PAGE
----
The Centennial decade was an era of ambivalence, the United States still unresolved about the incomprehensible damage it had wrought over four years of Civil War, and why. Philadelphia’s 1876 Centennial Exhibition -- a spectacular international event celebrating one hundred years of American strength, unity, and freedom -- took place in the immediate wake of this trauma of war and the failures of Reconstruction as a means to restore power and patriotism in the nation’s struggle to rebuild itself. The Unfinished Exhibition, the first comprehensive examination of American art at the Centennial, explains the critical role of visual culture in negotiating memories of the nation’s past that conflicted with the optimism that Exhibition officials promoted. Supporting novel iconographical interpretations with myriad primary source material, author Susanna W. Gold demonstrates how the art galleries and the audiences who visited them addressed the lingering traumas of battle, the uneasy re-unification of North and South, and the persisting racial tensions in the post-Emancipation era. This careful consideration of the visual record exposes the complexities of the war’s impact on Americans and clarifies how the Centennial art exhibition affected a nation still finding its direction at a critical moment in its history.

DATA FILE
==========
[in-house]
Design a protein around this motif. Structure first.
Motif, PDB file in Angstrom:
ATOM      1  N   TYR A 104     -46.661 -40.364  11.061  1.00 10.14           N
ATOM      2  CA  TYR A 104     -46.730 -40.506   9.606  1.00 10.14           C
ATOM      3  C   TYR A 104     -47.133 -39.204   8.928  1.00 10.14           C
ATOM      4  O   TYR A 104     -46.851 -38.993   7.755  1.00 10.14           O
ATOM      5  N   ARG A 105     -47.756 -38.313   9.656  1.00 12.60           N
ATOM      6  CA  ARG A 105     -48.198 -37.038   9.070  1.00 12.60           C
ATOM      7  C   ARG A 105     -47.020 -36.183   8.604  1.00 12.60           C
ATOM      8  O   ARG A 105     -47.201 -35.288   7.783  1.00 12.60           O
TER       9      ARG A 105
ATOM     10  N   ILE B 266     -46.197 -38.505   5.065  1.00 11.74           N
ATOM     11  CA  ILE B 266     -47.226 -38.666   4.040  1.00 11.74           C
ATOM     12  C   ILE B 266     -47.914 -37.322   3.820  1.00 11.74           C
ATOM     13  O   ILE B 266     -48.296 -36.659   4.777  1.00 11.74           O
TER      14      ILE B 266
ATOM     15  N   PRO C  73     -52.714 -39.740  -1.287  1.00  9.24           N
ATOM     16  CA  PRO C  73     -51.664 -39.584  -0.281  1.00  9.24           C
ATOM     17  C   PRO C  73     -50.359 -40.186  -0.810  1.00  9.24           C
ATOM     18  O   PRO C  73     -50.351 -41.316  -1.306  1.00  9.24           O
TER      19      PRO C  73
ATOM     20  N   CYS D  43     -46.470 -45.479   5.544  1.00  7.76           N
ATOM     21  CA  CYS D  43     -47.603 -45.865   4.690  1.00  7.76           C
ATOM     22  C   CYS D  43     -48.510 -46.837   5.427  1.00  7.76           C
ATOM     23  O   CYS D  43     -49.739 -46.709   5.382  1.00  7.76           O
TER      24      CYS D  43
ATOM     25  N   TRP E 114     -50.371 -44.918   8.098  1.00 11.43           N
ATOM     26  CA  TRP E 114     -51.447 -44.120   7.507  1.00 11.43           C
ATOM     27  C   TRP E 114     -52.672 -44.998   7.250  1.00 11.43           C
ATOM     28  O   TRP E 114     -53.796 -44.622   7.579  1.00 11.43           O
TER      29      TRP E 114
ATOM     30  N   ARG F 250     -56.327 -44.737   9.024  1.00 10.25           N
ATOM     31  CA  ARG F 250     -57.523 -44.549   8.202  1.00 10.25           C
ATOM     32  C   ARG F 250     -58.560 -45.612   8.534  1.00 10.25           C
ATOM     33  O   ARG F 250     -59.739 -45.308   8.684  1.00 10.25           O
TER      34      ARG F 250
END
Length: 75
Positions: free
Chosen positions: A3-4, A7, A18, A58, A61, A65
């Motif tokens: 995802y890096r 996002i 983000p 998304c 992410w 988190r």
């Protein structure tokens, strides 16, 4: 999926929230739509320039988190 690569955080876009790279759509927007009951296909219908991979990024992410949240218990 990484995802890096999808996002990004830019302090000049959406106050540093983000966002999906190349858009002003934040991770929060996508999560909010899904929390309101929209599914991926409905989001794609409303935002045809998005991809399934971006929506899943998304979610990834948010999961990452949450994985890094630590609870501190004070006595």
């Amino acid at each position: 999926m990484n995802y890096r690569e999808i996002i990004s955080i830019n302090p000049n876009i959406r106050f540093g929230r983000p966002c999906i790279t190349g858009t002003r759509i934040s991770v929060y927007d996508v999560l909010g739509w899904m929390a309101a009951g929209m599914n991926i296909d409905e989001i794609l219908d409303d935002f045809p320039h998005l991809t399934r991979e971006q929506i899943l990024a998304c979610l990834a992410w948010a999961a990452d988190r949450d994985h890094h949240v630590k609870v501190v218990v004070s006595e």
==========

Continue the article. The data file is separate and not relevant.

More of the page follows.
Table of Contents
Chapter 1: The Centennial Memoryscape
Chapter 2: The Civil War Revisited
Chapter 3: Battling Gettysburg
Chapter 4: The Emancipationist Civil War
Chapter 5: The African American Claim to the Centennial
Conclusion: Twenty-First-Century Memory
Susanna W. Gold is an independent historian and curator of 19th- and 20th-century American art and culture. She has taught at Temple University, the Barnes Foundation, and the University of Pennsylvania, where she earned her Ph.D. She has organized and written catalogs for a number of exhibitions in Philadelphia-area institutions.